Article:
SALT LAKE CITY — A man with Utah ties who is behind bars for supporting an Islamic terrorist group was sentenced Monday to another 20 years for trying to kill a federal prison warden in California.
Fazliddin Kurbanov, 36, pleaded guilty in March to making and using a prison-made knife to attack the warden in Victorville two years ago and attempting to slit his throat. The warden suffered serious injuries but recovered and now works at another federal facility.
At a hearing Monday, Kurbanov, speaking through an interpreter, told the court he was not sorry for his actions and that the victim was supposed to die. Kurbanov also expressed extreme animosity toward the United States, according to the Justice Department.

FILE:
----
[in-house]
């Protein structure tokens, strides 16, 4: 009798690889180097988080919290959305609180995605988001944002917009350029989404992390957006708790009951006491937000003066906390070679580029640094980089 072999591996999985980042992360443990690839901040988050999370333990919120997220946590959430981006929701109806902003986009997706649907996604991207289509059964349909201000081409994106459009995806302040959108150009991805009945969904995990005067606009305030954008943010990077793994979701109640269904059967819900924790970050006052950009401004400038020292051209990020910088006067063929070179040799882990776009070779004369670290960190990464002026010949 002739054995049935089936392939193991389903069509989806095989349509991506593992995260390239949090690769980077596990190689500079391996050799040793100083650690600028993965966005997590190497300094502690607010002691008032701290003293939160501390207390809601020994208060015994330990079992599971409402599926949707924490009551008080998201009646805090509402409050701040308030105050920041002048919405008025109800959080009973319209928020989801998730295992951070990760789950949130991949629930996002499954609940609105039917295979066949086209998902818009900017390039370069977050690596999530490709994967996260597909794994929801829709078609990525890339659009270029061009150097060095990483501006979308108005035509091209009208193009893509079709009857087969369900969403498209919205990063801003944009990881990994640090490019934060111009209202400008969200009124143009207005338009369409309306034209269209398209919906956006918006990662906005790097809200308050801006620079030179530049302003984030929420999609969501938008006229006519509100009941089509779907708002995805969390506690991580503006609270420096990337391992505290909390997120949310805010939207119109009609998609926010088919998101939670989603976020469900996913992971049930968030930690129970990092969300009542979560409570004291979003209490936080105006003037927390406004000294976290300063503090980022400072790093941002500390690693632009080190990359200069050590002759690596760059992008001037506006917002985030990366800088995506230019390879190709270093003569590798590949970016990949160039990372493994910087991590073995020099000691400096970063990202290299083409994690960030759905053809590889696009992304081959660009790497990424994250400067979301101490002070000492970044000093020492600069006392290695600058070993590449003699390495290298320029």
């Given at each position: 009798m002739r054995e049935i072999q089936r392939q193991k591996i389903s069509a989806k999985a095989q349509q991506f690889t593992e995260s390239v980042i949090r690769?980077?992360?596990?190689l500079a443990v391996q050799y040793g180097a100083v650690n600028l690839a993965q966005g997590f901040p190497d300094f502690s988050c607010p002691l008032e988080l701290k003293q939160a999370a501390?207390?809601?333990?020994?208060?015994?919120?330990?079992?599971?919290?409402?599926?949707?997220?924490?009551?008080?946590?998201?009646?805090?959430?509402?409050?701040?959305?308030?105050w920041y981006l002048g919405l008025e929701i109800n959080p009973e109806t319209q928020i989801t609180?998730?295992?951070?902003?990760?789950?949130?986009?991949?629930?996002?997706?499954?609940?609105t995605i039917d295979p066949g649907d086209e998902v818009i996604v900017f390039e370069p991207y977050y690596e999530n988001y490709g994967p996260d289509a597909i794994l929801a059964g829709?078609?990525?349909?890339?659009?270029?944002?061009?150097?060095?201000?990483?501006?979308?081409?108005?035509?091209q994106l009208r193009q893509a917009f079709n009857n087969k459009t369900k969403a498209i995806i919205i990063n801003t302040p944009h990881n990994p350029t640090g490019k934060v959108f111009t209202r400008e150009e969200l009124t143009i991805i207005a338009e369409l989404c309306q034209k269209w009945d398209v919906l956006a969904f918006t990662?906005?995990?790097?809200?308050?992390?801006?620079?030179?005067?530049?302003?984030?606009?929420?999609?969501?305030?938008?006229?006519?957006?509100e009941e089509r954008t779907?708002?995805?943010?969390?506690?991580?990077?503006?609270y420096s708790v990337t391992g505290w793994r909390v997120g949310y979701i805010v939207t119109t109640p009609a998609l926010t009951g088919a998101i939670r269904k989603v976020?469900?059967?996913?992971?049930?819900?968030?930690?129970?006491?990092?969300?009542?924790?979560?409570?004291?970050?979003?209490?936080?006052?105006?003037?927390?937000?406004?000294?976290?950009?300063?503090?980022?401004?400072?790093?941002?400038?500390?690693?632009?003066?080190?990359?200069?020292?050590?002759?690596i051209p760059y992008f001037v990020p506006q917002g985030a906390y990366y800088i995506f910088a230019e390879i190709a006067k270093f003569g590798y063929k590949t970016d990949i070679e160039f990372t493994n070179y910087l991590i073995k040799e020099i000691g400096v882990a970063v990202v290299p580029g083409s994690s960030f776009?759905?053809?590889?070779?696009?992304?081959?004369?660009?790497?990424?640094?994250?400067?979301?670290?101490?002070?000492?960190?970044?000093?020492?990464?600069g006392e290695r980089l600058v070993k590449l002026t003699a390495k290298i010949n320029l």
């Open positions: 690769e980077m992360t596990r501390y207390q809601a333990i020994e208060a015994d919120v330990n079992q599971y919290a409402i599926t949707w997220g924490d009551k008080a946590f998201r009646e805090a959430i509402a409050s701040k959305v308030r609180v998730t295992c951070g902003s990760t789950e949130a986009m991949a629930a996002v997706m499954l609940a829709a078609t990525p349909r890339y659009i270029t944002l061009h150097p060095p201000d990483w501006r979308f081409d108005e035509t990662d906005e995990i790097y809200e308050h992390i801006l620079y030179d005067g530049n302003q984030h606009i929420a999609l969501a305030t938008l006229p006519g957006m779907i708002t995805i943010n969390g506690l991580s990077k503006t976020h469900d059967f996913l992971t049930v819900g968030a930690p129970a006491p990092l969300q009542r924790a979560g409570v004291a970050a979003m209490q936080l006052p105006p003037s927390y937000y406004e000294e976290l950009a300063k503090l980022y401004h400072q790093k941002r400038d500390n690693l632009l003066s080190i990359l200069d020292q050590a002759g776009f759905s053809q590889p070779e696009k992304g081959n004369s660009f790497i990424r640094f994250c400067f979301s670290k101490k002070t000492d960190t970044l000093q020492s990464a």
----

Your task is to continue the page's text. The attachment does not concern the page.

Kurbanov, an Uzbek national who lived in Boise, is serving a 25-year sentence for conspiring and attempting to provide material support to a foreign terrorist organization and possessing an unregistered destructive device. The judge ordered the 20-year term to run consecutively with his current sentence and placed him on lifetime probation after his release.
Federal authorities said in 2013 that Kurbanov supplied money, software and training to the Islamic Movement of Uzbekistan, which the U.S. government identifies as a foreign terrorist group that aimed to overthrow the Uzbek regime and establish an Islamic state.
In Utah, he showed internet videos, led shopping trips, provided written recipes and gave instructions on where to obtain components to build and use improvised explosive devices, according to federal officials.
The U.S. Attorney's Office in Utah in 2013 charged Kurbanov with distribution of information relating to explosives, destructive devices and weapons of mass destruction. Prosecutors agreed to dismiss the case after he dropped the appeal of his conviction in Idaho.